The proximity of the Cruise Ship Terminal to Galveston's historic downtown district provides an opportunity to embark on a brief adventure prior to or following a cruise. The downtown area offers an intriguing selection of shops, restaurants, galleries, and museums within a perfect radius for self-guided tours.
Start near the corner of 25th and Strand directly across from the Galveston Island Railroad Museum, one of the nation's most popular rail museums. Take about 30-45 minutes to enjoy all the fascinating displays.
Back on The Strand, take some time to enjoy the variety of shops in the district's beautiful historic buildings, many of which survived the 1900 Storm, regarded as the worst natural disaster in U.S. history.
For a taste of Galveston, visit the great restaurants along The Strand or on the waterfront. Find everything from Greek and Mexican to Italian and, of course, fresh Gulf Coast seafood.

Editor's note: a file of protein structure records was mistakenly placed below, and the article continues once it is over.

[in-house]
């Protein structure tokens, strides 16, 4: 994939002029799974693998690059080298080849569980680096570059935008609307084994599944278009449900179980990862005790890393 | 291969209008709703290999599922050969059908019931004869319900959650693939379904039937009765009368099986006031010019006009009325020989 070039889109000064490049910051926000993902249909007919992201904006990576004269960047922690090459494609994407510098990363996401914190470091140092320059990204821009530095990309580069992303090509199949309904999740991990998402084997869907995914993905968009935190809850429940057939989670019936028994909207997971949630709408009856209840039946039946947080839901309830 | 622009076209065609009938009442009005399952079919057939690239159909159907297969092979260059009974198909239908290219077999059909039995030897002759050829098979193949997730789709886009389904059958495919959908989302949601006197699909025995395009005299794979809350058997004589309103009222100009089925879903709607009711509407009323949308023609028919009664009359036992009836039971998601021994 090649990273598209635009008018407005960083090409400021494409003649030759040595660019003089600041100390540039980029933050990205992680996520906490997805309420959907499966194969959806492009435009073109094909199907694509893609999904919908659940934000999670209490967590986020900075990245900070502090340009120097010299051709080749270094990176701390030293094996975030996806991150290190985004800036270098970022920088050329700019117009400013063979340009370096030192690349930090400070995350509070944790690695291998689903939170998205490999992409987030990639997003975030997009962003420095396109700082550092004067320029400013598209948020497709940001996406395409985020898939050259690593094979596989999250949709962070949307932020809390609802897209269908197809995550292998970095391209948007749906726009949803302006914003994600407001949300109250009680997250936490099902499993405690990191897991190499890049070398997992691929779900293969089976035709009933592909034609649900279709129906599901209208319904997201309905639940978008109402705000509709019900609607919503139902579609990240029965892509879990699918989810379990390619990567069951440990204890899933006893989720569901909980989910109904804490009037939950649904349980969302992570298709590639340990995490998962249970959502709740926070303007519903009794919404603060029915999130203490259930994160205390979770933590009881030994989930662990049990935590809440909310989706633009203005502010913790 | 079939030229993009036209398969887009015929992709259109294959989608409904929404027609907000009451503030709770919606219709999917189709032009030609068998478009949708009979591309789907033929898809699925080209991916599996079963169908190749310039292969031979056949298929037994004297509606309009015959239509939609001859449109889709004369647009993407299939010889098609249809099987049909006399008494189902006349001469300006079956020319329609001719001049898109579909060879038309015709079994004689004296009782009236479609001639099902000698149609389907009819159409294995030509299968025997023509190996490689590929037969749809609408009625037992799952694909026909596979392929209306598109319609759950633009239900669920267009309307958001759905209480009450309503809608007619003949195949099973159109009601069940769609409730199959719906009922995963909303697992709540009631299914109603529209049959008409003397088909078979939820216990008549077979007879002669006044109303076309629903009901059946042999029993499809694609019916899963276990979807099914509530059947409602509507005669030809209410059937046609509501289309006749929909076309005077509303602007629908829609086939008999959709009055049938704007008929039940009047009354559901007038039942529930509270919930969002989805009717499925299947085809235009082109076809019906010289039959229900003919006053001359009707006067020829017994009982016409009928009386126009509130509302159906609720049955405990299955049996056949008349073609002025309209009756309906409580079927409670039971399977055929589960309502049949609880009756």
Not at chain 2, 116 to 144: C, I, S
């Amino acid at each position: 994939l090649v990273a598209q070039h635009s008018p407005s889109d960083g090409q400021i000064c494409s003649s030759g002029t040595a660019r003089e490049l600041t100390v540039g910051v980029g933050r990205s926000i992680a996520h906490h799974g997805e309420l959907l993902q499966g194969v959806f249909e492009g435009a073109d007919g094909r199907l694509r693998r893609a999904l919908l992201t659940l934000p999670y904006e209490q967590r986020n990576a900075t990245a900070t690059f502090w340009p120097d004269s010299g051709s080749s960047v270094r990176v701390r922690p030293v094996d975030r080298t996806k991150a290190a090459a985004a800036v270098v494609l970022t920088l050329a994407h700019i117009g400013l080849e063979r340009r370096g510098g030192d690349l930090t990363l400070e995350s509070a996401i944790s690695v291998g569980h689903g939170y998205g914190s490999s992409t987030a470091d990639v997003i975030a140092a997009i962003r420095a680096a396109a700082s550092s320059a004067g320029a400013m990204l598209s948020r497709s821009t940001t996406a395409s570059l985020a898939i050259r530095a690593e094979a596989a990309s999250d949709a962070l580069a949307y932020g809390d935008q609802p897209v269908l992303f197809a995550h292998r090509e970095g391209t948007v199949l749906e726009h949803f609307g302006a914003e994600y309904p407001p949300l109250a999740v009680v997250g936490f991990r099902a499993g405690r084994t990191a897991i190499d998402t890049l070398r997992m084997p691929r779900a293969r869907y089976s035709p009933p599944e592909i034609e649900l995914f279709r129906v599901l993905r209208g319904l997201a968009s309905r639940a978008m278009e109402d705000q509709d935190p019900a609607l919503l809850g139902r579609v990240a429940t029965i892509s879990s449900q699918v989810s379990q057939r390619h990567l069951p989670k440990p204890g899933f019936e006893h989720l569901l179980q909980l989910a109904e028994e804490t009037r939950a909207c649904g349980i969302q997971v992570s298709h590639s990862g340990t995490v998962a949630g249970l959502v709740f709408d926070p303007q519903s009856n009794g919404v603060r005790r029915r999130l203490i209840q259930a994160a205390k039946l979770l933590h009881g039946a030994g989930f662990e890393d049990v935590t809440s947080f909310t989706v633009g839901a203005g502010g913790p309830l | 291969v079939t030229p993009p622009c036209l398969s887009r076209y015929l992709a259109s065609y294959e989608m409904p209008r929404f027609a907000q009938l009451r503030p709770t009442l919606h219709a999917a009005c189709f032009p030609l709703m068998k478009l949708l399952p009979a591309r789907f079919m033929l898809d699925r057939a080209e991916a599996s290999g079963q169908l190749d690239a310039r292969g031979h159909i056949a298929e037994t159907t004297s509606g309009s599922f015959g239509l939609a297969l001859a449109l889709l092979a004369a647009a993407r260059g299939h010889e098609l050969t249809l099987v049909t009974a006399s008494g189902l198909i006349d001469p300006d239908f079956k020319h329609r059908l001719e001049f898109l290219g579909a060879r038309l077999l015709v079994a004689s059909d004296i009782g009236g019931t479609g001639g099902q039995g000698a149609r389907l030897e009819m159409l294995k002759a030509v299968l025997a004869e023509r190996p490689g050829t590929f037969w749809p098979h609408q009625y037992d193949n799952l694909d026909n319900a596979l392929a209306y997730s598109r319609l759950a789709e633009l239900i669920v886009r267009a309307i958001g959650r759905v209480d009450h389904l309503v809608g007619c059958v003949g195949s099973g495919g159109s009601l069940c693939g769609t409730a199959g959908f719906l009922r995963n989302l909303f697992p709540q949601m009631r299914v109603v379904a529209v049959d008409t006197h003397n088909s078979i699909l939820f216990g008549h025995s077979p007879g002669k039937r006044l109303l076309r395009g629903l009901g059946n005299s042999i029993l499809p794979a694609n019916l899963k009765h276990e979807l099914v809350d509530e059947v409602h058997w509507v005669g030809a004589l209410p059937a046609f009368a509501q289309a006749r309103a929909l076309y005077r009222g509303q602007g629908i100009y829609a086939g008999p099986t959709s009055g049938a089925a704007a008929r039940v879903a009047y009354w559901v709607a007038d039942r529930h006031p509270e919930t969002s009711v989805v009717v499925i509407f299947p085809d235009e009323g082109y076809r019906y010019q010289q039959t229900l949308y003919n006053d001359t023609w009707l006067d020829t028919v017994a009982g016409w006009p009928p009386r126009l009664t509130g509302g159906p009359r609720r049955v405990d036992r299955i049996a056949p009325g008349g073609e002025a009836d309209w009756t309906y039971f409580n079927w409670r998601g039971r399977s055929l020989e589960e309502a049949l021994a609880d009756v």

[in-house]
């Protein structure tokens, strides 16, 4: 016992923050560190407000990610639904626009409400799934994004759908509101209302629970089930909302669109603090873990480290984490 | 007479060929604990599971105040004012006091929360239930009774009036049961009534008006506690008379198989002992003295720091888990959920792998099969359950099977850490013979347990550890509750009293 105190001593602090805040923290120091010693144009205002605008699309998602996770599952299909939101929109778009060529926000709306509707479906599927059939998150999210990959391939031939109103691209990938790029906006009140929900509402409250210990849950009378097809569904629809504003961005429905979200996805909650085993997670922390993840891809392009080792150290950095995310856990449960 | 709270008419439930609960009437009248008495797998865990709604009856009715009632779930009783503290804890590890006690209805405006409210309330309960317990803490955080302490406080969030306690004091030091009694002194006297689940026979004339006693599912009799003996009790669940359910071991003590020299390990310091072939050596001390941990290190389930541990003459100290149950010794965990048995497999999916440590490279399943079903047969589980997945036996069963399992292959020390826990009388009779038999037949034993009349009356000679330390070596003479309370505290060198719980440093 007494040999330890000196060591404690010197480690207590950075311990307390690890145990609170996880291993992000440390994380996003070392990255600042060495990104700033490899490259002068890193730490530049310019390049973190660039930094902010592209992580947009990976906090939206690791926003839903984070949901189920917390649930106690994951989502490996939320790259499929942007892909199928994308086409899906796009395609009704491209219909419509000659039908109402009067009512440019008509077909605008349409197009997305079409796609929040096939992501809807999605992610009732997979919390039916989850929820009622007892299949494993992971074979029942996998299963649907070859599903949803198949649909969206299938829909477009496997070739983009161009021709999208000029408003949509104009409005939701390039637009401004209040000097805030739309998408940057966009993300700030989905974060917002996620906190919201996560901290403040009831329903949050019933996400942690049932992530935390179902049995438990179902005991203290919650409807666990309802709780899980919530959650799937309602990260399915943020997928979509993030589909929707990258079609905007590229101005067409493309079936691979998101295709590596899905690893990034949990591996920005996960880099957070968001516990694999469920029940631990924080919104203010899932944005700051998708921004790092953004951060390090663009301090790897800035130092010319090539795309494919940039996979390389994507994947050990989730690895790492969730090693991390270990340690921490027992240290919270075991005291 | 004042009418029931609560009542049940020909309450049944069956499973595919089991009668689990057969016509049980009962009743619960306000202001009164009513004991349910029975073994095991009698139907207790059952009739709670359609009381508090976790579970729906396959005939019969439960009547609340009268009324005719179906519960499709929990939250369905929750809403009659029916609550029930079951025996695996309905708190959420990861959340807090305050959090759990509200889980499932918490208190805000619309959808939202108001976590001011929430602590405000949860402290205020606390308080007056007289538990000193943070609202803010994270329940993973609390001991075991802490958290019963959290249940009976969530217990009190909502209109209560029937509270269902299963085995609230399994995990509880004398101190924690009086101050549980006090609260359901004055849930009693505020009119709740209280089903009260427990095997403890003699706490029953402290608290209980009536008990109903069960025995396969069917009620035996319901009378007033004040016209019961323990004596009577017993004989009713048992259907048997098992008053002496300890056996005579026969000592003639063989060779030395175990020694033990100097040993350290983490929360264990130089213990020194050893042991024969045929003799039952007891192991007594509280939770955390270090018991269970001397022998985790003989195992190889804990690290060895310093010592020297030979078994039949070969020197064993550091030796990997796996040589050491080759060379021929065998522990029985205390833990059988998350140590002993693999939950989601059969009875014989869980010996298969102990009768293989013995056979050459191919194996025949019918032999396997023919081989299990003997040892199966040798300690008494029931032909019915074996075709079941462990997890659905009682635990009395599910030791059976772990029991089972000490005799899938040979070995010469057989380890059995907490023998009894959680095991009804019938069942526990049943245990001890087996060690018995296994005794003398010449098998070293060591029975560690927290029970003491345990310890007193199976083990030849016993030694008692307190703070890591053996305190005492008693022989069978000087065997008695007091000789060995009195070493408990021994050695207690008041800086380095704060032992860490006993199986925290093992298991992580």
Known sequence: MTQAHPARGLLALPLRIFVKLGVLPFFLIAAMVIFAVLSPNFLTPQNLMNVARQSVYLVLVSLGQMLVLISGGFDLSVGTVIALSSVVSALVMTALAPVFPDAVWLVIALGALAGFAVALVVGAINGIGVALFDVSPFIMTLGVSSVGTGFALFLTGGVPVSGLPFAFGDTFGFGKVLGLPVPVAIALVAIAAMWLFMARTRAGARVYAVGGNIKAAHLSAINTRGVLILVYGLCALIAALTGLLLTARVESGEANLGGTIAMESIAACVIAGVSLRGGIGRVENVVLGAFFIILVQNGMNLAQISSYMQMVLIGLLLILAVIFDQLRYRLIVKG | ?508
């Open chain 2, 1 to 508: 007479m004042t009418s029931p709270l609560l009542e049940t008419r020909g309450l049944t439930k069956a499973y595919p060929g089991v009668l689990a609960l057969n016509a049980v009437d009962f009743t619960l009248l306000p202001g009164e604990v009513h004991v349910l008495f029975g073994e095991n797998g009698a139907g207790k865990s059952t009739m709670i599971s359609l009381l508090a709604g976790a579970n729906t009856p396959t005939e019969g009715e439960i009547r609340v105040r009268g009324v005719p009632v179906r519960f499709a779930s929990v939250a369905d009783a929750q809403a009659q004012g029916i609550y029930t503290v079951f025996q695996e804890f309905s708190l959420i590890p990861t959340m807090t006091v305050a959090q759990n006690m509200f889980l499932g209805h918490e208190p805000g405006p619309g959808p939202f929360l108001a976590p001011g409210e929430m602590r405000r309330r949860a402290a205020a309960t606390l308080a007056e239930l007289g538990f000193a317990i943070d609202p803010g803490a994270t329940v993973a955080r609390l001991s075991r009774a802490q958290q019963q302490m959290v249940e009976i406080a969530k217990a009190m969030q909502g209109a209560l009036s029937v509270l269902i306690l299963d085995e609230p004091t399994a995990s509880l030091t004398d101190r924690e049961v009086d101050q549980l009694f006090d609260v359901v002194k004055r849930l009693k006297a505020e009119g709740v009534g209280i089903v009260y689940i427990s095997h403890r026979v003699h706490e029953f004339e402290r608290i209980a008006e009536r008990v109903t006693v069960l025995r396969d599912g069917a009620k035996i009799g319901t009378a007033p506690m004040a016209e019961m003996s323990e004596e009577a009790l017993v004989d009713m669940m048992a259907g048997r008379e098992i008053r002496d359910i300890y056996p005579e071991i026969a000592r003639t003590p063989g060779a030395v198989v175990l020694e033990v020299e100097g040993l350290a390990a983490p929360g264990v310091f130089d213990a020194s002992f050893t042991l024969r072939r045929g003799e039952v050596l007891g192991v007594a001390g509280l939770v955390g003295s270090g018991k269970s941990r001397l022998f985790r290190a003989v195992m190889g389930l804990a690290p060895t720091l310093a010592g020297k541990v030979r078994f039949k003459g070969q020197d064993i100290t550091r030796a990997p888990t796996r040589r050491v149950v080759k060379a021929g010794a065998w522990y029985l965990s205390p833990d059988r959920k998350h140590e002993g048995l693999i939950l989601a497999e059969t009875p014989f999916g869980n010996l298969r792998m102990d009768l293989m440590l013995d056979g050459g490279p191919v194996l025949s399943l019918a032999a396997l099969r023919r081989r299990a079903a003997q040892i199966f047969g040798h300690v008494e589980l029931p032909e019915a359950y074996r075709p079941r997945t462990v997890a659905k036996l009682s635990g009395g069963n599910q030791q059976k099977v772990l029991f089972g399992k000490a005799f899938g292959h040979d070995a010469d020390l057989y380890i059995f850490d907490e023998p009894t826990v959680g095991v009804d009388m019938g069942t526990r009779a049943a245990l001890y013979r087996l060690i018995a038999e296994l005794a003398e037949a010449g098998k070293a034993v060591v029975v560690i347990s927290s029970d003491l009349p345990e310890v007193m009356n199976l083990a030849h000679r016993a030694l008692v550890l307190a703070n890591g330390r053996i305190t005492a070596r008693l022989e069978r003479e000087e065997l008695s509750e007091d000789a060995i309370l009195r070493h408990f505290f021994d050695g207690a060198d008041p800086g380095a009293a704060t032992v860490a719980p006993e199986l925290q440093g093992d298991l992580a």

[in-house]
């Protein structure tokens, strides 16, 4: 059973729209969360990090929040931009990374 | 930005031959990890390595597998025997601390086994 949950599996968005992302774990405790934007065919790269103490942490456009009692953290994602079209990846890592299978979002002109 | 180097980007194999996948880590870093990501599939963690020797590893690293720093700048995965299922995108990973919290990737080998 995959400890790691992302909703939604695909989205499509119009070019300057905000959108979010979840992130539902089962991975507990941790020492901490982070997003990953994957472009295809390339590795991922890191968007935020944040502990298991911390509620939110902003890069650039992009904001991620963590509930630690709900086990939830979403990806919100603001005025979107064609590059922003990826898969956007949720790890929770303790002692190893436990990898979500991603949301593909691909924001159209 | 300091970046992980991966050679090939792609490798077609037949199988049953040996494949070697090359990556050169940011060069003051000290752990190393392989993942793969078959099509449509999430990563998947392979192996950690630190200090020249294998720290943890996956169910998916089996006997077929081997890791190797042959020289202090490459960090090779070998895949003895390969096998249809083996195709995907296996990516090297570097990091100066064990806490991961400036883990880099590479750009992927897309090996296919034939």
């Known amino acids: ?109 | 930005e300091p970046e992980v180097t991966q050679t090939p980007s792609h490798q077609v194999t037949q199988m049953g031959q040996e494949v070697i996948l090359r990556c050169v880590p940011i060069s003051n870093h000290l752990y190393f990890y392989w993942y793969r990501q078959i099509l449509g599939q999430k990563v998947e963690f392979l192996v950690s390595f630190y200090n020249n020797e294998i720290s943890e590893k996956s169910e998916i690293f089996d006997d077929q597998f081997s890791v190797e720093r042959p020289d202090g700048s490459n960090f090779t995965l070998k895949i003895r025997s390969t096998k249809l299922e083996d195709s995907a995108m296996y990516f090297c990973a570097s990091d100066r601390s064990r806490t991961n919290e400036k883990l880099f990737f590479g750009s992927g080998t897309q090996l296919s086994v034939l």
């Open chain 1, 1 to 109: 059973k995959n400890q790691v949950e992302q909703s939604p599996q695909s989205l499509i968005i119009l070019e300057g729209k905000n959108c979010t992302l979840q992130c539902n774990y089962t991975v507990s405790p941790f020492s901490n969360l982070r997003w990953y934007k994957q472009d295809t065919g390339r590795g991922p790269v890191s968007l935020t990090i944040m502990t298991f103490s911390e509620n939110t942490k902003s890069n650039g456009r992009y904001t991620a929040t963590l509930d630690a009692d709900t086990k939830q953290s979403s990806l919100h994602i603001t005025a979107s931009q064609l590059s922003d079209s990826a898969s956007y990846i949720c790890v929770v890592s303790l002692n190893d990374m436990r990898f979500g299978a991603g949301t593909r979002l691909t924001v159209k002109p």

On the bay side of Harborside, on Pier 19, find the Ocean Star Offshore Energy Center and Museum. Step aboard and explore the offshore rig and learn how oil and gas are produced offshore. The museum features interactive displays and models.
Walking back toward the terminal, find the Pier 21 Theater featuring The Great Storm and The Pirate Island of Jean Lafitte. The Great Storm runs 27 minutes and plays on the hour. It gives a glimpse of the devastating 1900 Storm, a Category 5 hurricane, through a multi-image documentary experience. The Pirate Island of Jean Lafitte is an 18-minute dramatic film chronicling the adventures of the notorious pirate who made Galveston his home.
Next door, find the Texas Seaport Museum and Tall Ship Elissa. At the museum, look up ancestors in a one-of-a-kind computer database with information on over 133,000 immigrants who entered the United States through Galveston. Adjacent to the museum is the Tall Ship Elissa, deemed one of America's treasures by the National Trust for Historic Preservation. Allow at least 25-30 minutes at each site.